One of the most amazing things to me in all of this is the fact that the Big 12 operates on an agreement that was apparently put in place in 1996. That surprised me, but I was more surprised by the fact that the Big 12 operates without a document that is signed by the member institutions. I couldn’t believe it, so I asked one of my favorite Sports Bloggers, Kristi Dosh. She had checked with the conference and they confirmed that no other documents existed. I should point out that I have formed exactly zero conferences in my life. So you might want to take these notes with a grain of salt.
Frankly, the agreement (look at it here) does not look like anyone had a lawyer. Things that I think are missing from the “agreement” (note that this list is partial, the agreement is short on lots of things beyond this):
- Signatures. There are no signatures. As in, no one signed the document. It’s just a handbook. Does your office have an employee manual? It’s like that. Just a policy manual, really. One that lays out a scheme for all sorts of situations, including a scheme in case someone wants out. But I was surprised that no one signed it. If you have an employee manual at the office, I bet the employer required you to sign it. I mean, if you are going to sue the SEC for interfering with your contract, wouldn’t you want a signed contract? If you are Baylor’s lawyer, the answer is yes. Oh yes.
- Arbitration. This is the clause I was looking for when I first read the agreement. I just figured there would be an arbitration clause. Why would the conference want litigation among its members to be in the courts and therefore very public? I don’t understand. Seems like you would want arbitration to be mandatory to at least allow the dispute to go on in private.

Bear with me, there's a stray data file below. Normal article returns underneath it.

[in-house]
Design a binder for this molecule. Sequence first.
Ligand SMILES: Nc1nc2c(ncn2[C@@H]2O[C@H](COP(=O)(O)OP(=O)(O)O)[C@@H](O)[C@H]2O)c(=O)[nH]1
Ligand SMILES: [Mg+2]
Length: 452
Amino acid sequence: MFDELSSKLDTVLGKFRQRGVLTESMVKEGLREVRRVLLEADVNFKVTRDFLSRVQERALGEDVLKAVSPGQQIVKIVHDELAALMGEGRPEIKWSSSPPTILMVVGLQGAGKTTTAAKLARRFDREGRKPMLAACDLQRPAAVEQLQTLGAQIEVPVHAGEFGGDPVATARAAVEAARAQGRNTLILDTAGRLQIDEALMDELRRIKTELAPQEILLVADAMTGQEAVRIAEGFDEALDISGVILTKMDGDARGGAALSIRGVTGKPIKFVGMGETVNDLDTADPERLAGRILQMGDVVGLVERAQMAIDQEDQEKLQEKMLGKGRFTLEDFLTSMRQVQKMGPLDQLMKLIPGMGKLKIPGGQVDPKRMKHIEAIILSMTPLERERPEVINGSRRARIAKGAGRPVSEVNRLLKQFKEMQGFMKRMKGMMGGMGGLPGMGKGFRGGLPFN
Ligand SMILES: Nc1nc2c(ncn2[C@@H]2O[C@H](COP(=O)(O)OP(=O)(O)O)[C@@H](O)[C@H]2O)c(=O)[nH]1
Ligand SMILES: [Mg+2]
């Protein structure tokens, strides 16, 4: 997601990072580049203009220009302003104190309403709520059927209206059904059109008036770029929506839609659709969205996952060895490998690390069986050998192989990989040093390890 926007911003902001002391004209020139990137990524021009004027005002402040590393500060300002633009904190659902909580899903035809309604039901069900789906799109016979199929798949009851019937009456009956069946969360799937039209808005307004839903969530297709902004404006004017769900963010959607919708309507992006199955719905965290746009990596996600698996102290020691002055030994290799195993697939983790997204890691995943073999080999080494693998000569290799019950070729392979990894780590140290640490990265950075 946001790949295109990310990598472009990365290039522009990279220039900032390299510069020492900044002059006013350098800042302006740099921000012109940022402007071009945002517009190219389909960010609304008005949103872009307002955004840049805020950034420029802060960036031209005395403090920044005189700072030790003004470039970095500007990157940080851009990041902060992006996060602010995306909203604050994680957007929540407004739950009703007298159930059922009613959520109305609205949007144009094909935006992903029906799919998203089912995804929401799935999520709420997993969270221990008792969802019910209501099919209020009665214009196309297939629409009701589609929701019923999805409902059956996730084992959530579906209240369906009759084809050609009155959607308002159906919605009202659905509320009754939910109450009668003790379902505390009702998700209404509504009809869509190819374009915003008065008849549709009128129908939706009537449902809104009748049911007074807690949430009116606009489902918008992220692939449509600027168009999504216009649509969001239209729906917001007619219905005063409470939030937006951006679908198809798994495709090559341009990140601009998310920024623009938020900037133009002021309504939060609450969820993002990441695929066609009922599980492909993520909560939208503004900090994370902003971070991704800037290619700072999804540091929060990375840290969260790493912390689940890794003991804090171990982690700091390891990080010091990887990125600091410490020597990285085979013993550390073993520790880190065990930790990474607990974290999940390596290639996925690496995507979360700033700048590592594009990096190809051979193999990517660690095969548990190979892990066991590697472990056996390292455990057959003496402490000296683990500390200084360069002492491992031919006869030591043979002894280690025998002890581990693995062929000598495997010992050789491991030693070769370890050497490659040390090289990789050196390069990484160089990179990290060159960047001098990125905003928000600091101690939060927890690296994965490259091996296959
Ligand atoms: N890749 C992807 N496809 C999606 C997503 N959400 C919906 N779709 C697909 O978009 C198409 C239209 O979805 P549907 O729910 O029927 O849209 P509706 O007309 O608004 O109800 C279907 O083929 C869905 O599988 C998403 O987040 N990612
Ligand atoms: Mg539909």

- Choice of Law. Most agreements that govern complex relationships choose the state law that will govern that relationship. When this agreement was drafted there were teams in Texas, Oklahoma, Missouri, Kansas, Colorado, Nebraska and Iowa. I suppose they couldn’t agree on a state law to apply to the disputes, but I wonder how anyone knows which state law applies to anything. Suppose Baylor wants to sue Missouri for the something. Just seems like there should be something addressing this issue.
- Forum/Venue Selection Clause. If you are not going to have an arbitration clause, at least it seems you should come to an agreement about where your lawsuits are going to be filed.
- Attorney’s Fees. I have advised clients in the past not to include a provision for attorney’s fees, but only rarely. In those circumstances the client and I felt that if there was a dispute under the agreement that the client would probably be the plaintiff (and under Texas law entitled to attorney’s fees) and not the defendant (therefore not able to recover attorney’s fees). So it makes sense to not negotiate an attorney’s fee clause. But you would think this situation would be a classic case that would require an attorney fee clause. Not sure what the thinking was here.
- Others. There are other oddities. Like there is no integration clause. But while I think those missing clauses are important, I don’t think they make the agreement “interesting”, like the items listed above do. At least, for me the items above make this document very interesting.